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Vehicle Accidents No. 1 Cause of Workers’ Compensation Fatalities

Across the U.S., car and truck accidents are the leading cause of fatal accidents on the job. According to the Bureau of Labor Statistics, there were 2,053 fatal work-related transportation accidents in 2008, which accounted for 40 percent of all workplace fatalities. 1,149 of those fatal work accidents were highway fatalities.

Just as with drivers generally, a growing cause of work-related motor vehicle accidents is distracted driving. As we reported in our July 29 post, workers’ compensation insurers have been actively involved in campaigns to prohibit texting and cell phone use while driving.

At least 27 states and numerous municipalities, including Huntsville, have made texting while driving a primary traffic offense, and many also limit cell phone use while driving. Those laws are a positive step, but more can certainly be done.

The first step employers can take to reduce work-related car and truck accidents — and limit their exposure to workers’ compensation claims — is simply to put a policy in place.

Employers Need to Step Up to Reduce Work-Related Traffic Accidents

“This is the kind of thing we need in highway safety,” says Vernon F. Betkey, Jr., chairman of the Governors Highway Safety Association, “to let our motoring public know that this is not just something we’re running around writing tickets for; it has actually reached the big boys up in Washington.”

The next step is to work with professional drivers and their employers to cut down on driver distraction on the job.

“Our association thinks they’re a huge piece of this puzzle,” Betkey said in an interview with Occupational Health & Safety magazine. “[Y]ou can reach so many people through the employer, and employers have such a vested interest in the health and welfare of their employees.”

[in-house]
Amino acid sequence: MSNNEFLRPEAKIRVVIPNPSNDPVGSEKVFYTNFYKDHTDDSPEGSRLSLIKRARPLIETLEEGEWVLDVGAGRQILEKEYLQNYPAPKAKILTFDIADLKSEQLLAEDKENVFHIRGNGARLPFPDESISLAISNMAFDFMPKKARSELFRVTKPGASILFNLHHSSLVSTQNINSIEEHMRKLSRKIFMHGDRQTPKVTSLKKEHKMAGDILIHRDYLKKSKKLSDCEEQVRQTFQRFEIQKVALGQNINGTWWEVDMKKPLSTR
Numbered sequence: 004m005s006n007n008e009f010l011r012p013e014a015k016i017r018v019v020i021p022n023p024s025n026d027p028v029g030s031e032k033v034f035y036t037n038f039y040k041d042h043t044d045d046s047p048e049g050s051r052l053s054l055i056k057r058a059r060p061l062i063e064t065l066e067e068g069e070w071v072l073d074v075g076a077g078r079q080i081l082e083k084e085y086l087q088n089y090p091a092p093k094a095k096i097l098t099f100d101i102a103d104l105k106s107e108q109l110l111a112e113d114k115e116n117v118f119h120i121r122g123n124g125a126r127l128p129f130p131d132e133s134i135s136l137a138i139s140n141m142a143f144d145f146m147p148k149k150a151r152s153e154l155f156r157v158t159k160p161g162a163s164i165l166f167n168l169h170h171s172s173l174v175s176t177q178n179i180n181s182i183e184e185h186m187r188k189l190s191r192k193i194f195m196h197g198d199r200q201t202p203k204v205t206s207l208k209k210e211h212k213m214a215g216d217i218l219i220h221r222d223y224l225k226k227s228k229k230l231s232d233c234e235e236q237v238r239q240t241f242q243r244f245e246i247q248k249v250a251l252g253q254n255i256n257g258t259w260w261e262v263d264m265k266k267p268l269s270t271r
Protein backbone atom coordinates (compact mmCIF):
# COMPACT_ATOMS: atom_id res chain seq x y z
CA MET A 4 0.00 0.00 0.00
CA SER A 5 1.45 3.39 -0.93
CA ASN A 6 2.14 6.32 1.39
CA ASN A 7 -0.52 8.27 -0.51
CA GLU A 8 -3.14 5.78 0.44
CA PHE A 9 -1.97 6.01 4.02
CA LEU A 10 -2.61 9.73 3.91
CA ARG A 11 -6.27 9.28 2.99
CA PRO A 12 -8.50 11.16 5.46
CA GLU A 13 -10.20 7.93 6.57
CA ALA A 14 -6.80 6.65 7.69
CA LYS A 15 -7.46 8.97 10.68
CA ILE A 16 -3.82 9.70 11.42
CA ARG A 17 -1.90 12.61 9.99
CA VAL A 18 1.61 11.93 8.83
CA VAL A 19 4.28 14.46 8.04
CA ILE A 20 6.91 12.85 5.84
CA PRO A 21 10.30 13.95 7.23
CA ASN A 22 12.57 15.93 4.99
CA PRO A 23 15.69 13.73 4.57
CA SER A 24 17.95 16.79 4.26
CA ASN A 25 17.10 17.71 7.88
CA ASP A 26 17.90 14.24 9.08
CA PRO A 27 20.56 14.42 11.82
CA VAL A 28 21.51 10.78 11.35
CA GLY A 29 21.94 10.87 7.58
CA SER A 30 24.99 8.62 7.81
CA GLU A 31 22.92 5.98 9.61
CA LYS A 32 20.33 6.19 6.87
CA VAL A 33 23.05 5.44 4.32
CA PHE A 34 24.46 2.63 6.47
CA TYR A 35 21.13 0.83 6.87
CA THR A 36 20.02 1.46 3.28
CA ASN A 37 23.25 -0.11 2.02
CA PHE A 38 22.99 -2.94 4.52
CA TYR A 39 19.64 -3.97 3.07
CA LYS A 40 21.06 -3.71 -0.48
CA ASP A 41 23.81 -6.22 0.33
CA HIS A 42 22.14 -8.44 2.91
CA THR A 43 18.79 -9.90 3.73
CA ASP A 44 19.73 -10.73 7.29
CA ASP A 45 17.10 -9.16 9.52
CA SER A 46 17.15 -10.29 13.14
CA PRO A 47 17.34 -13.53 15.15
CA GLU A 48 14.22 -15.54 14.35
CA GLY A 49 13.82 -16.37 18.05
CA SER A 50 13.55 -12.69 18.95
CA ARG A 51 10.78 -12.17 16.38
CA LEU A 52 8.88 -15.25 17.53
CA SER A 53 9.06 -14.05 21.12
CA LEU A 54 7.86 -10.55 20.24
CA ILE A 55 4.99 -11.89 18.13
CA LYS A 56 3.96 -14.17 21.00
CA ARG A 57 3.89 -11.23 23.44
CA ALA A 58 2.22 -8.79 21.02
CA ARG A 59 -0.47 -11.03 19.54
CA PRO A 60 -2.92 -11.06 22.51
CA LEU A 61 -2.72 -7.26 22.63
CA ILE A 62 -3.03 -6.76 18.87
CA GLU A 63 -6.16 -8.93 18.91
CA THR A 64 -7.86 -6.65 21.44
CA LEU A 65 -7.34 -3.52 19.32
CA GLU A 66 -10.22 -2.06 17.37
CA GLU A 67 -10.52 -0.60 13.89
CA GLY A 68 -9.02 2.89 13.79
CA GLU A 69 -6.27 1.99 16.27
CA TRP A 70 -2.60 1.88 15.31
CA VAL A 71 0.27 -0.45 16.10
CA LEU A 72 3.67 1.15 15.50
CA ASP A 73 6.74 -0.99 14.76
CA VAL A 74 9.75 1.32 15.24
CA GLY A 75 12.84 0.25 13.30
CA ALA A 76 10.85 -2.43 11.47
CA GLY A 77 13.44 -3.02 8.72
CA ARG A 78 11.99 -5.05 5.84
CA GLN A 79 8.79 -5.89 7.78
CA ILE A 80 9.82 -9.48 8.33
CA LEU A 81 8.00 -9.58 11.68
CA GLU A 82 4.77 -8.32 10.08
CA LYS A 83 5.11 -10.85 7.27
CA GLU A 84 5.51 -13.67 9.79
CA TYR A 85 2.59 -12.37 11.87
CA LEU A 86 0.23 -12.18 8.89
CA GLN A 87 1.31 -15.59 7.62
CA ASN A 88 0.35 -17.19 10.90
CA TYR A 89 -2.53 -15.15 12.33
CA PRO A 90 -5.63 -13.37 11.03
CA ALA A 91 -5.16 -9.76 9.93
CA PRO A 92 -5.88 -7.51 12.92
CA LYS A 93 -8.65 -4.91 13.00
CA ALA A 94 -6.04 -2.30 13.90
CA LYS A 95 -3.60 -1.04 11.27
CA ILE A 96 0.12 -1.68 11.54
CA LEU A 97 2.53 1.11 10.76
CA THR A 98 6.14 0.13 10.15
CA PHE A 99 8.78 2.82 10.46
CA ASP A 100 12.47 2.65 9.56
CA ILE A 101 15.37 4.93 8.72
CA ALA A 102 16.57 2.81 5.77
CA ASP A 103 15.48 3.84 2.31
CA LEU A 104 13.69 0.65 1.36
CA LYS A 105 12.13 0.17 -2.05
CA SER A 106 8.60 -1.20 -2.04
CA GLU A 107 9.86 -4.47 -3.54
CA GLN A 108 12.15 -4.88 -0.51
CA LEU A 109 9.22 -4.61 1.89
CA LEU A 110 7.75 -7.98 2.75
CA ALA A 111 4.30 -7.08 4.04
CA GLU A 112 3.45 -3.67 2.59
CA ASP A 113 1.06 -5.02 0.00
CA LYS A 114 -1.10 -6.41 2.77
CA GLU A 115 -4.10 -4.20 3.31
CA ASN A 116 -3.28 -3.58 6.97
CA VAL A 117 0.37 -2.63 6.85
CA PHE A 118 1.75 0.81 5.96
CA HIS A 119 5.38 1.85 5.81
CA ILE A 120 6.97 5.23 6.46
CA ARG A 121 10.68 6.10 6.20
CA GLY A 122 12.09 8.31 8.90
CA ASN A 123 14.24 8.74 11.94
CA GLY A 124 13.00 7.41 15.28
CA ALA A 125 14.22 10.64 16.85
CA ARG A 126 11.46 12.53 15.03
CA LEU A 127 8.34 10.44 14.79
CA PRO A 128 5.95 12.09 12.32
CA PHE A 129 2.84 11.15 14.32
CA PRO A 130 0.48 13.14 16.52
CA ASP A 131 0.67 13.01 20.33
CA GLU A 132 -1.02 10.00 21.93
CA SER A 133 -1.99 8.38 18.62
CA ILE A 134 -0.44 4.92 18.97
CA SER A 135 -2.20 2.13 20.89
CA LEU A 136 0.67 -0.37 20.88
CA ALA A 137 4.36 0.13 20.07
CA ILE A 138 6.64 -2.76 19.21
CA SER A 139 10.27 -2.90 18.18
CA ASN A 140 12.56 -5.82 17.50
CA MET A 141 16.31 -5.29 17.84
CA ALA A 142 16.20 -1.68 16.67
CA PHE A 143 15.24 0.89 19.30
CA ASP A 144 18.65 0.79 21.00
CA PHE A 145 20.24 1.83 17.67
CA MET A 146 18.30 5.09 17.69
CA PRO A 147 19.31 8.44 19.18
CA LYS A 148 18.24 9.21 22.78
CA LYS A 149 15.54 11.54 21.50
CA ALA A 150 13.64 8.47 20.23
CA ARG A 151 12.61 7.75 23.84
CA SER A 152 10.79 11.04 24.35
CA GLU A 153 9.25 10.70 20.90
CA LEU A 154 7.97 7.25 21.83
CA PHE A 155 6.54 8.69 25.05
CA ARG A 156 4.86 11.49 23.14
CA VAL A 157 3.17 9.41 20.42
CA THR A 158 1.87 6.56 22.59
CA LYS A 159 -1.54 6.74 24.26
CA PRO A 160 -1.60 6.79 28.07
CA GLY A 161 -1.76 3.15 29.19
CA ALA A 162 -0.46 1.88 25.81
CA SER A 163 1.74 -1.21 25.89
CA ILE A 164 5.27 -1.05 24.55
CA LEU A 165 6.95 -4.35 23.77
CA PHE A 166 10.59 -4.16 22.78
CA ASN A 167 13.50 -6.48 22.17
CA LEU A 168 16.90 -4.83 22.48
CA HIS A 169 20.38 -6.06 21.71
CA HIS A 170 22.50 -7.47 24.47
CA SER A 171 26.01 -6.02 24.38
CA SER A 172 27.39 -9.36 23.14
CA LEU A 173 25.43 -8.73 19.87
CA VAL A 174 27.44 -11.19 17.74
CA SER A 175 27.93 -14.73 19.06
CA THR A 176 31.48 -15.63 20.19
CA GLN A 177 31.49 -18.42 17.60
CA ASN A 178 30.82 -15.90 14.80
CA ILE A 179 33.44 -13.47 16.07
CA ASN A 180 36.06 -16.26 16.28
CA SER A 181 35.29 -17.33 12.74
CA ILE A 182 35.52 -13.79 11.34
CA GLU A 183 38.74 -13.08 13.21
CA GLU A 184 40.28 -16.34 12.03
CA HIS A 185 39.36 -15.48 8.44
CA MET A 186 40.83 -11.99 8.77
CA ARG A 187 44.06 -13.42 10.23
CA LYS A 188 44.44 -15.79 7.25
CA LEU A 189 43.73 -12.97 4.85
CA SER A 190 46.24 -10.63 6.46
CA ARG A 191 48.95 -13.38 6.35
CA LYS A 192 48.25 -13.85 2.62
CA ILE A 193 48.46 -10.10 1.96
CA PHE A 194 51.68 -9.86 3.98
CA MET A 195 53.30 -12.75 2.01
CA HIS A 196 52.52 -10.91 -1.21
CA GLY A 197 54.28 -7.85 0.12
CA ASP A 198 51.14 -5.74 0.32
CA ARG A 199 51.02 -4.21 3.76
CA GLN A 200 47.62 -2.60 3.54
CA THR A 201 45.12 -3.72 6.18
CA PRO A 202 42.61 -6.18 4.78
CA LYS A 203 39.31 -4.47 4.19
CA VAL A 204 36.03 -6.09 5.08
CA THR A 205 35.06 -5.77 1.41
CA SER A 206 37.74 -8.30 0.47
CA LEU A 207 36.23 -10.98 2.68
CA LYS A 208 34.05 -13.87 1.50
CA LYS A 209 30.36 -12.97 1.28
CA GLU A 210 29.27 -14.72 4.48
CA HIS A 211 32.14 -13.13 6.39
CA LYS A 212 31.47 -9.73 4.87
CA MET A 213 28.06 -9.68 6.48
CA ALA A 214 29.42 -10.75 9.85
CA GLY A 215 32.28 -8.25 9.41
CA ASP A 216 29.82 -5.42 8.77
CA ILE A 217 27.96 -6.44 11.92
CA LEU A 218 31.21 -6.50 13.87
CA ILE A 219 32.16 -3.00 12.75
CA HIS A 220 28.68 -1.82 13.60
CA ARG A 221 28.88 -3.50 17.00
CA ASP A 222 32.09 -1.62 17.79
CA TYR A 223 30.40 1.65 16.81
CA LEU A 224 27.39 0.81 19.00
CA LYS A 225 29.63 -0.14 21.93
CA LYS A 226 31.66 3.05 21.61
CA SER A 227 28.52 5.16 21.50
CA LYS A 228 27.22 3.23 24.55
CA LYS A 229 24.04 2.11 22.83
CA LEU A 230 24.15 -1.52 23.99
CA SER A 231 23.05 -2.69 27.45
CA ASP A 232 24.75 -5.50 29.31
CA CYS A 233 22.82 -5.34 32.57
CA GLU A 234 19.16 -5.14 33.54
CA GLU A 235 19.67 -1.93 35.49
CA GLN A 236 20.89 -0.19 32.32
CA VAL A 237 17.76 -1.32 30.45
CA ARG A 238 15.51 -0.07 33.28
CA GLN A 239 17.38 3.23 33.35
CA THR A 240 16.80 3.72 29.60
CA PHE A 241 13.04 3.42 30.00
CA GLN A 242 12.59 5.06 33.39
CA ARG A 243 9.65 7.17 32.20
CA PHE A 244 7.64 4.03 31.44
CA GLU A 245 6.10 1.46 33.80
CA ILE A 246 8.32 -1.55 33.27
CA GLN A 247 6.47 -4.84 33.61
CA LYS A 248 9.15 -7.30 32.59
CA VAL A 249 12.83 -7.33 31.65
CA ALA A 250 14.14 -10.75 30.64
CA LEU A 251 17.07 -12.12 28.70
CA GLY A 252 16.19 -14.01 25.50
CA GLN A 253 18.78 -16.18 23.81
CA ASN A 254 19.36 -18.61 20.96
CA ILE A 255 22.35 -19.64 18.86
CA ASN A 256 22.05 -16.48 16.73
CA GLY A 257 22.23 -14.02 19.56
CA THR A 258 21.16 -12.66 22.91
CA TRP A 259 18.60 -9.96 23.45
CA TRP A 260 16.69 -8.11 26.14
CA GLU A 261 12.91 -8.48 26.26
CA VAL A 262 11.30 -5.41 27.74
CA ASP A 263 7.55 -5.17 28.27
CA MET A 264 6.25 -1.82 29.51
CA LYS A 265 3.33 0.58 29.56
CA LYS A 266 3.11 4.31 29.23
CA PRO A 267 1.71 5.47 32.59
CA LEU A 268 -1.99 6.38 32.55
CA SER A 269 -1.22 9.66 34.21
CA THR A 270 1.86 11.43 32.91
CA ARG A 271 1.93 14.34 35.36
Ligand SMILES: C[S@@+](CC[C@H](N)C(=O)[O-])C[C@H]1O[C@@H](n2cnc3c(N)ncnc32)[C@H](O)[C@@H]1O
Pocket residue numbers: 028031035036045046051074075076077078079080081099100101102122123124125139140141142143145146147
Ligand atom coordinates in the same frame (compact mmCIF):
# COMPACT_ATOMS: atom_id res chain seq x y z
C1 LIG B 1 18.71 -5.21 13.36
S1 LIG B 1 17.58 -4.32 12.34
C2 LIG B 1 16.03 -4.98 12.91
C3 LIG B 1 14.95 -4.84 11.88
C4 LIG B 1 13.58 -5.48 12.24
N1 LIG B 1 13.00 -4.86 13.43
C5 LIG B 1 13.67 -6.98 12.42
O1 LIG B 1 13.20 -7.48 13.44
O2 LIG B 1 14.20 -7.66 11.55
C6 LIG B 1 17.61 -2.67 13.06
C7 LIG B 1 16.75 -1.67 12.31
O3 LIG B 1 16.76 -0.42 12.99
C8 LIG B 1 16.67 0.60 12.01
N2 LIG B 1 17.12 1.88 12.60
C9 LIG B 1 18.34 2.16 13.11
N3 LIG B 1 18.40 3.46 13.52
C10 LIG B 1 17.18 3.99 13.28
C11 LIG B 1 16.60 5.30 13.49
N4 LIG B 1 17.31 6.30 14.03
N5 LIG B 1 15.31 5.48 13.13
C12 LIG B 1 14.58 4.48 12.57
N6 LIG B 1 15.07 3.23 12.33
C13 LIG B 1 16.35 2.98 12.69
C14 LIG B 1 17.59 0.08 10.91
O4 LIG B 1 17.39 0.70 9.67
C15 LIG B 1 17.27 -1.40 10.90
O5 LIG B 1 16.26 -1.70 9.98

Many employers are taking the cue. Betkey cited the policy implemented by KCI Technologies Inc. of Sparks, Maryland, as a solid example.Its policy covers any vehicle owned, leased or rented by the company and used by any employee, including temporary workers. It states:

“Employees avoid using a cell phone or other electronic devices while driving. Incoming calls received while driving are allowed to go to voicemail. The vehicle is safely pulled off the road and stopped if it is necessary to use a cell phone. Conversations are suspended during hazardous situations such as bad weather. Employees always stay focused on driving the vehicle in a safe manner.”

Furthermore, workers are held personally responsible for the damages if a company car or truck is damaged because they were talking or texting while driving.

KCI backs up its policy by aggressively screening employees’ driving records at the time of hiring and periodically thereafter.

“We’ve found people with suspended licenses that were driving our vehicles. Some people with pending DUIs were driving our vehicles,” says KCI chairman and CEO Terry Neimeyer.

“The economic impact to an employer is not only on the job, it’s off the job,” says Betkey. “It should be very attractive for an employer to at least have a policy telling employees what steps to take.”

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